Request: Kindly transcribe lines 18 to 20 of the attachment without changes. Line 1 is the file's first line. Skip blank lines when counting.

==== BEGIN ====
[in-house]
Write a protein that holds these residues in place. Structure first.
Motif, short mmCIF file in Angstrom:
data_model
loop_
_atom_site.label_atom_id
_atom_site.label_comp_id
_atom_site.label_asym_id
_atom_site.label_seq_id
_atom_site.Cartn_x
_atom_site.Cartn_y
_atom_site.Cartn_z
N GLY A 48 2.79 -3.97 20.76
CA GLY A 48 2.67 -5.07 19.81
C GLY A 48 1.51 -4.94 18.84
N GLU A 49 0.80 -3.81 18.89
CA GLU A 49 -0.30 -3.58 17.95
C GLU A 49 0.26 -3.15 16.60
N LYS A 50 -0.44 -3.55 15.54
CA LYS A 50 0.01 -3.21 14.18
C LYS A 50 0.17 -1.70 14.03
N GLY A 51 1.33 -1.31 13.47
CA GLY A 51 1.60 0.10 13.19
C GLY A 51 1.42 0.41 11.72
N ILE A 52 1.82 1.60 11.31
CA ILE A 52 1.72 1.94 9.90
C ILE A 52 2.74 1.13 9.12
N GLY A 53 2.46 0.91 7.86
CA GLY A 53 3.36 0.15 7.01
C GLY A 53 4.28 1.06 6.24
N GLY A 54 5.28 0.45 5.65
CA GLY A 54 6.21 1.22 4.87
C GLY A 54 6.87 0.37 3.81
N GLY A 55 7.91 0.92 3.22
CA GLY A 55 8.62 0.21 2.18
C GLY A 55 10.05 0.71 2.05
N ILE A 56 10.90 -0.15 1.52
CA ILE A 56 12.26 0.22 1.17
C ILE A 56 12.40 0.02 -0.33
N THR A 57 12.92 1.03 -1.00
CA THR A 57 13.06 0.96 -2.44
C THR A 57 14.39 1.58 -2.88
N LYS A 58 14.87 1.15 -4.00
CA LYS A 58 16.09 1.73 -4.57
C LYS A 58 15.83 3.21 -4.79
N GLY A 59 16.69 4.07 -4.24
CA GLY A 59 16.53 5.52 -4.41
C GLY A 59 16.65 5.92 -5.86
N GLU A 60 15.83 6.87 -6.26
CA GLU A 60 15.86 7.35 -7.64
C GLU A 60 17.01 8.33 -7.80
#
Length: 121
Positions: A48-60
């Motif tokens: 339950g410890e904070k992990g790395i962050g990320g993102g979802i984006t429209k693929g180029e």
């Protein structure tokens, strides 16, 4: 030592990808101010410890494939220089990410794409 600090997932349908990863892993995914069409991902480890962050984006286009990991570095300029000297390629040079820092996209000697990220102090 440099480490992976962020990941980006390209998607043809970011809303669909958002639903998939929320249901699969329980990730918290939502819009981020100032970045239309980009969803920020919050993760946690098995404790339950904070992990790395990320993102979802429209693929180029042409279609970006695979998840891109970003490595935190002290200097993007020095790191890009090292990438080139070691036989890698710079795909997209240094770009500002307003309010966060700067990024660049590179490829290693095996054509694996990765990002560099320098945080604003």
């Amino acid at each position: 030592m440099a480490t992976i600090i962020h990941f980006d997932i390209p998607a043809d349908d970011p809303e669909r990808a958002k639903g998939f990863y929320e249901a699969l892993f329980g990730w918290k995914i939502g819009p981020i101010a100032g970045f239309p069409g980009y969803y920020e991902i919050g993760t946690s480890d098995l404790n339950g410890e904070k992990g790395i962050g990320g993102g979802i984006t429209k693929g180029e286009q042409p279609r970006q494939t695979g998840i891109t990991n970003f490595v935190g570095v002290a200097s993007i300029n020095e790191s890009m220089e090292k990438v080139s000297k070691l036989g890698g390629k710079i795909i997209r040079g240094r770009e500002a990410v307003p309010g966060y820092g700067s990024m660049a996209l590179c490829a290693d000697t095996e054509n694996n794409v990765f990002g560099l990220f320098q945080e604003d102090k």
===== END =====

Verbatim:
C GLU A 49 0.26 -3.15 16.60
N LYS A 50 -0.44 -3.55 15.54
CA LYS A 50 0.01 -3.21 14.18